Once they managed to deposit Karmapa in the Communists'
grip, the powerful lamas could remain at the helm of the lineage and do
as they pleased. If, unawares, Kalu Rinpoche came down after the empowerments
with this peculiar request, Shamarpa would have to agree to his appeal.
After receiving the precious initiations from the old master, Tibetan
etiquette left him no other choice but to satisfy the teacher's wish-no
matter how eccentric this was.
Disgusted with such intrigues and bent on avoiding
a showdown during the ceremonies as well as the prospect of the 17th Karmapa
becoming a citizen of Red China, Shamar Rinpoche decided to leave Sonada.
After excusing himself with the old Kalu, he arrived in Delhi to supervise
the first steps in the construction of Karmapa Institute. In Sonada, his
seat remained conspicuously empty during the last three months of ceremonies.
Everywhere else it would have been a social snub
, but for the Tibetans the senior regent's abrupt departure was an earthquake.
To avoid further embarrassment, Beru Kyentse Rinpoche, another prominent
Kagyu lama, was rushed in as a replacement. Shamarpa's enemies immediately
used his sudden exit as yet another example of arrogance and haughty manners.
Seeing their design to establish the next Karmapa in Tibet go to pieces,
the three tulkus must have become convinced that the main regent was a
crafty player-his abrupt withdrawal from Sonada attested to that. Now,
there was little doubt that he removed himself to Delhi to take final
possession of Karmapa's land.
Despite their claim to have caught a shrewd thief
red-handed, the three lineage holders didn't get their day in court. Lawyers
hired by the general secretary proved the absurdity of their charge. The
piece of land in question had been donated to the 16th Karmapa by the
then Indian Prime Minister Indira Gandhi. For several reasons-political
and others-the Indian government chose to give the land on a ninety-nine-year
lease. To evidence this, one rupee had been payable annually as a nominal
fee. This meant that the real owner of the property was the Indian government
and not Karmapa. The whole allegation that the land had been taken away
from His Holiness and transferred to somebody else's name was therefore
When the 16th Karmapa had died, it became necessary
to correctly formulate the documents pertaining to the place. There were
several errors in the existing, original records. Thus, a legal signatory,
that represented the 16th Karmapa, was needed. All this happened after
the group regency of the four Rinpoches had been established and during
Shamar Rinpoche's tenure, while he acted on behalf of the school. At that
time, the Karmapa Charitable Trust had not yet been rediscovered, and
so Shamarpa became the logical choice as the signatory of the corrected
deed of lease. This amended document was what Lea Terhune dug out and
was the basis of her conclusion that Shamar Rinpoche's signature at the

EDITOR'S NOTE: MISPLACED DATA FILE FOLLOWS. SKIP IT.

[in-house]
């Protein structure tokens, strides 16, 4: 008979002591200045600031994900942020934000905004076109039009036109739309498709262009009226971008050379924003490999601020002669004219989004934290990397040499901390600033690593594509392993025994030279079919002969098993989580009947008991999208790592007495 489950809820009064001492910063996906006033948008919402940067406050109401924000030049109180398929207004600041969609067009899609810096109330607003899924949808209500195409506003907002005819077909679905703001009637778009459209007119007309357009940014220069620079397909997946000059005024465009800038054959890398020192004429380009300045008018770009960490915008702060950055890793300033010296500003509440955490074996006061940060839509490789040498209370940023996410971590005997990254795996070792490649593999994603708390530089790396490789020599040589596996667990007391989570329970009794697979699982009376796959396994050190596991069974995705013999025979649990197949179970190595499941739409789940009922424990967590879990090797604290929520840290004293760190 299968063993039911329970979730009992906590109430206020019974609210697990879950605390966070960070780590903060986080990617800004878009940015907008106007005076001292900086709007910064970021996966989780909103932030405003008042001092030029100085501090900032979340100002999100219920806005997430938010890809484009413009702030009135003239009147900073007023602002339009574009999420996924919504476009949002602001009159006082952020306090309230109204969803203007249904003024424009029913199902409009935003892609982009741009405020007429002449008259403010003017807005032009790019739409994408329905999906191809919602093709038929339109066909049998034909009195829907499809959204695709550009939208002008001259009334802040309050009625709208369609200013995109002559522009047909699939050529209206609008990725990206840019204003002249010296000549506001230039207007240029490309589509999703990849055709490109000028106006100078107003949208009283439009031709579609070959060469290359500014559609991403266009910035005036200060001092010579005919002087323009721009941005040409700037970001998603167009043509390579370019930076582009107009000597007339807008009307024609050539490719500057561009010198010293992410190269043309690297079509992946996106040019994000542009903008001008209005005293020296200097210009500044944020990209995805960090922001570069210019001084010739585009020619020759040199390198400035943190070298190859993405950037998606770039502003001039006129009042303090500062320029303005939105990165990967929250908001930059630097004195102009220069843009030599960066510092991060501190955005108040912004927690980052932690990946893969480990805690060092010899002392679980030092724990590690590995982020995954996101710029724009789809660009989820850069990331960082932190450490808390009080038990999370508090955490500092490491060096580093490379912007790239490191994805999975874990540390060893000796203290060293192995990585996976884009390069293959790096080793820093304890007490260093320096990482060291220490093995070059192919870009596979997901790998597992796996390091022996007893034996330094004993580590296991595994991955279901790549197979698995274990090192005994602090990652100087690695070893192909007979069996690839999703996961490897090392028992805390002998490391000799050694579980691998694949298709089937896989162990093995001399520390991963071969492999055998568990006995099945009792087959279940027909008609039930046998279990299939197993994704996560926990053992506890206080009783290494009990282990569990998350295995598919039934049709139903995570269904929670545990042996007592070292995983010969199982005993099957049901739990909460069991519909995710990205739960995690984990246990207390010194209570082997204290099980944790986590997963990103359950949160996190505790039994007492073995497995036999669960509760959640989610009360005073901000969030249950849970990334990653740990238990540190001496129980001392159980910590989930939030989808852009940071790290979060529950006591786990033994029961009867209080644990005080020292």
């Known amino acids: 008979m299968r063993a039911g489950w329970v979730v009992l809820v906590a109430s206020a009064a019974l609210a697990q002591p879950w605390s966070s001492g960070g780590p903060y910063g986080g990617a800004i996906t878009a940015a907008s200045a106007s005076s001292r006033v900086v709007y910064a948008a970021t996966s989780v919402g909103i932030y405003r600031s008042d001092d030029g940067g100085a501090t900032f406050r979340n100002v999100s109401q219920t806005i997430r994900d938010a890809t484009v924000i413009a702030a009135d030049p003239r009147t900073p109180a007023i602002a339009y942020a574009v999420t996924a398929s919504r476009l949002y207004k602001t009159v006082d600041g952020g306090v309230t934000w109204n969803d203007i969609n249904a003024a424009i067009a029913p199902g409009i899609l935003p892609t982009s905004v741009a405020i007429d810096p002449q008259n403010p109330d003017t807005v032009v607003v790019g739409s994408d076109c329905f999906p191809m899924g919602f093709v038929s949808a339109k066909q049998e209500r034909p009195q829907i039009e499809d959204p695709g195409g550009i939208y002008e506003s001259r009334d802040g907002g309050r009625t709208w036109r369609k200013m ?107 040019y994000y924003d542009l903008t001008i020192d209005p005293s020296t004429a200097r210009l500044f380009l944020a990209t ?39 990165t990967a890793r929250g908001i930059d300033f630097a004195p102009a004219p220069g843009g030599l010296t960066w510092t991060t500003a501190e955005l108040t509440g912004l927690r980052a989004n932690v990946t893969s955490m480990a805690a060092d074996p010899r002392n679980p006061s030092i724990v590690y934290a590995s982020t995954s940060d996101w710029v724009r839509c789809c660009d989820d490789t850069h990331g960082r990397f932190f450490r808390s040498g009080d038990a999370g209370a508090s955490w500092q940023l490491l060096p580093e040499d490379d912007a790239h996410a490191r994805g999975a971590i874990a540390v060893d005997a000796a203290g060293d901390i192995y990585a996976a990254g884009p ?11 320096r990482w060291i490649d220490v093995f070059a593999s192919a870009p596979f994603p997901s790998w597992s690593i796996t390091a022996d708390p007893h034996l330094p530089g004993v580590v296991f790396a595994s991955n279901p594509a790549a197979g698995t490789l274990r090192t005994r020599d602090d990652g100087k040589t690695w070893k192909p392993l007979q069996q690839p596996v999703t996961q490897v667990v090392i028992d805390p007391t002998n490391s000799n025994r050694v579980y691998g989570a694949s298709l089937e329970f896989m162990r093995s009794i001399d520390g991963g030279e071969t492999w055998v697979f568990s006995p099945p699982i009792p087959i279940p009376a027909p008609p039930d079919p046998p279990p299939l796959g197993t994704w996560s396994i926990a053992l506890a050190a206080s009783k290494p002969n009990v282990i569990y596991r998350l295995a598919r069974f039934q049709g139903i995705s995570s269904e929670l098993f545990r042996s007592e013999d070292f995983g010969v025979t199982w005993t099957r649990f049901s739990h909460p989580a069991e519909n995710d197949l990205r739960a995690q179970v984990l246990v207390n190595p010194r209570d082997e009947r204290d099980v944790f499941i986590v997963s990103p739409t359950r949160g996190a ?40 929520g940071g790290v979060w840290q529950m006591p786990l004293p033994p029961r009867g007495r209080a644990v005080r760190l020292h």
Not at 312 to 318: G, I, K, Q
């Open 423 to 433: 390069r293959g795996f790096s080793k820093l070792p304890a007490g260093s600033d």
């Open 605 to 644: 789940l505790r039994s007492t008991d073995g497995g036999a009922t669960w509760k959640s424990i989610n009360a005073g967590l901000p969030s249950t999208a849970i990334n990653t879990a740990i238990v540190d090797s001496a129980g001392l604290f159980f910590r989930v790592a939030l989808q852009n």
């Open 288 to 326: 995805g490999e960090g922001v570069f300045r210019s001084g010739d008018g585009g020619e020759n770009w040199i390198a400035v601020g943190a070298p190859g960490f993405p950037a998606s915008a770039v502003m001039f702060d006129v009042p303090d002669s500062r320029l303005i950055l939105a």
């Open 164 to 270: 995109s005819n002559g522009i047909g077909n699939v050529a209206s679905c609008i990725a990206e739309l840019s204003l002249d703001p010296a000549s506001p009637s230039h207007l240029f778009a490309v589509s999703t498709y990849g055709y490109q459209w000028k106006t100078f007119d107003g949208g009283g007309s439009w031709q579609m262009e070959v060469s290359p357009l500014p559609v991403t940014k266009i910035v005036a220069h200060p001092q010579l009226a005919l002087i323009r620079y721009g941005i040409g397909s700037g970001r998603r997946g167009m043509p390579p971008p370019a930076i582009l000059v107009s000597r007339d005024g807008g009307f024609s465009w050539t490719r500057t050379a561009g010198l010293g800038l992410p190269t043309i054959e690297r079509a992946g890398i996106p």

bottom of the new lease was tantamount to his taking over the property.
Now, it was Shamarpa's turn to threaten his peers with legal action. Having lost trust in the three regents' ability to stand for the lineage, he proposed to drop his planned lawsuit against the three if they, in turn, conceded to dissolve the group regency. With relief , Jamgon and Gyaltsab seized the occasion to cover their backs and readily signed the corresponding declaration. And so, after merely a few years of unsteady course, the common leadership of the Kagyu lineage ceased to exist. Situ Rinpoche, who was not present, never signed this declaration.
Within Karmapa's own administration, Kunzig Shamarpa, according to historical custom, assumed the role of His Holiness' representative but only to officiate and attend formal ceremonies on his behalf. The four Rinpoches still remained, as agreed beforehand, in joint control of the process of recognition of the 17th Karmapa.
Open letter from the Association of Abbots of the
Karma Kagyu School of Tibetan Buddhism
We would hereby like to clarify the procedures of
our lineage as a number of errors have arisen concerning the traditions
that accord with the history of the Karma Kagyu School..
In 1981, after the passing away of the 16th Karmapa
His Holiness, Rangjung Rigpai Dorje, Supreme Head of the Karma Kagyu School,
the then General Secretary to the
It is because of this arrangement that today we have
frequent mention of "the Four Regents of the Karma Kagyu School".
In fact, this group was disolved in 1984 on the initiative of His Holiness
Shamar Rinpoche. All four members of this group - Kunzig Shamar Rinpoche,
Situ Rinpoche, Jamgon Rinpochc and Gyaltsab Rinpoche - signed the legal
document resulting in the dissolution of this arrangement.
It was primarily with the assistance of Jamgon Rinpoche that Shamar Rinpoche was able to achieve this. The reasons for this course of action are :